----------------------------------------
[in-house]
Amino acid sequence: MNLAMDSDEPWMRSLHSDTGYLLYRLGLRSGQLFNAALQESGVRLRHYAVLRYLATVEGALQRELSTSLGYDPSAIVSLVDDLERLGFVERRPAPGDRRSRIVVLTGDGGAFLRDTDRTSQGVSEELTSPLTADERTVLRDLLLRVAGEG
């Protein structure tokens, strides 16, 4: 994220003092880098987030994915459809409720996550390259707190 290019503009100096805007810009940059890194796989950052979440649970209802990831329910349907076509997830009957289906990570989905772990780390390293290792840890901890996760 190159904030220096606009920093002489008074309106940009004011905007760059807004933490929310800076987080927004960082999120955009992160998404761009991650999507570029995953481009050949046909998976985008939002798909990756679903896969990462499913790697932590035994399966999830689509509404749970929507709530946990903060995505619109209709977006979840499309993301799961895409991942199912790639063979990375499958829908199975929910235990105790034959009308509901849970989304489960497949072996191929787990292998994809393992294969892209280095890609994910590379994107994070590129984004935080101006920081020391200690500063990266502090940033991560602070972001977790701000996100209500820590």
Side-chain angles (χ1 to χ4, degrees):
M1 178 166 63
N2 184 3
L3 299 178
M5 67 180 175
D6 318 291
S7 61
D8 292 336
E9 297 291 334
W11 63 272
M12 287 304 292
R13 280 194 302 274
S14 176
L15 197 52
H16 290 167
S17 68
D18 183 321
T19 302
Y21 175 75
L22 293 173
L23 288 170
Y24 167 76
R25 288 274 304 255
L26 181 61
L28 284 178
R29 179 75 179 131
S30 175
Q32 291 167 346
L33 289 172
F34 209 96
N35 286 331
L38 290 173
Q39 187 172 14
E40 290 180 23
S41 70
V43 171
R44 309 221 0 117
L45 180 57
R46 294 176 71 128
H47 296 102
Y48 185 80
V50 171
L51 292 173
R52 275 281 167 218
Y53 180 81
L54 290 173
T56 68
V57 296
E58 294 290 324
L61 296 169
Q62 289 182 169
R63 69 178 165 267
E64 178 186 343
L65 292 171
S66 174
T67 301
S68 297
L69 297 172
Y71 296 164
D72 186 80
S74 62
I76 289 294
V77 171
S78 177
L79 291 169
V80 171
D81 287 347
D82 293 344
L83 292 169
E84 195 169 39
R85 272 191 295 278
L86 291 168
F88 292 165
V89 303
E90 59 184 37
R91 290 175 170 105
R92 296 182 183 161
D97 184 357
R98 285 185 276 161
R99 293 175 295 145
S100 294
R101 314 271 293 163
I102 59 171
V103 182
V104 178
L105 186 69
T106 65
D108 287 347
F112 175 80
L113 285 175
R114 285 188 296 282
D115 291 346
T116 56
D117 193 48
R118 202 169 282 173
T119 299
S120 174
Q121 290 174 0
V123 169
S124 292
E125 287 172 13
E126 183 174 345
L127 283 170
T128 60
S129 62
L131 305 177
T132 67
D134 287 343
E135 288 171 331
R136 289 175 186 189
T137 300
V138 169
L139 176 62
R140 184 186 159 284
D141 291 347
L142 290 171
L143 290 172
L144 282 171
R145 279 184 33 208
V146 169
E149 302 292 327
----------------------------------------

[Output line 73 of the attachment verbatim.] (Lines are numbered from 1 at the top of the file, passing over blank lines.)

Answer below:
E84 195 169 39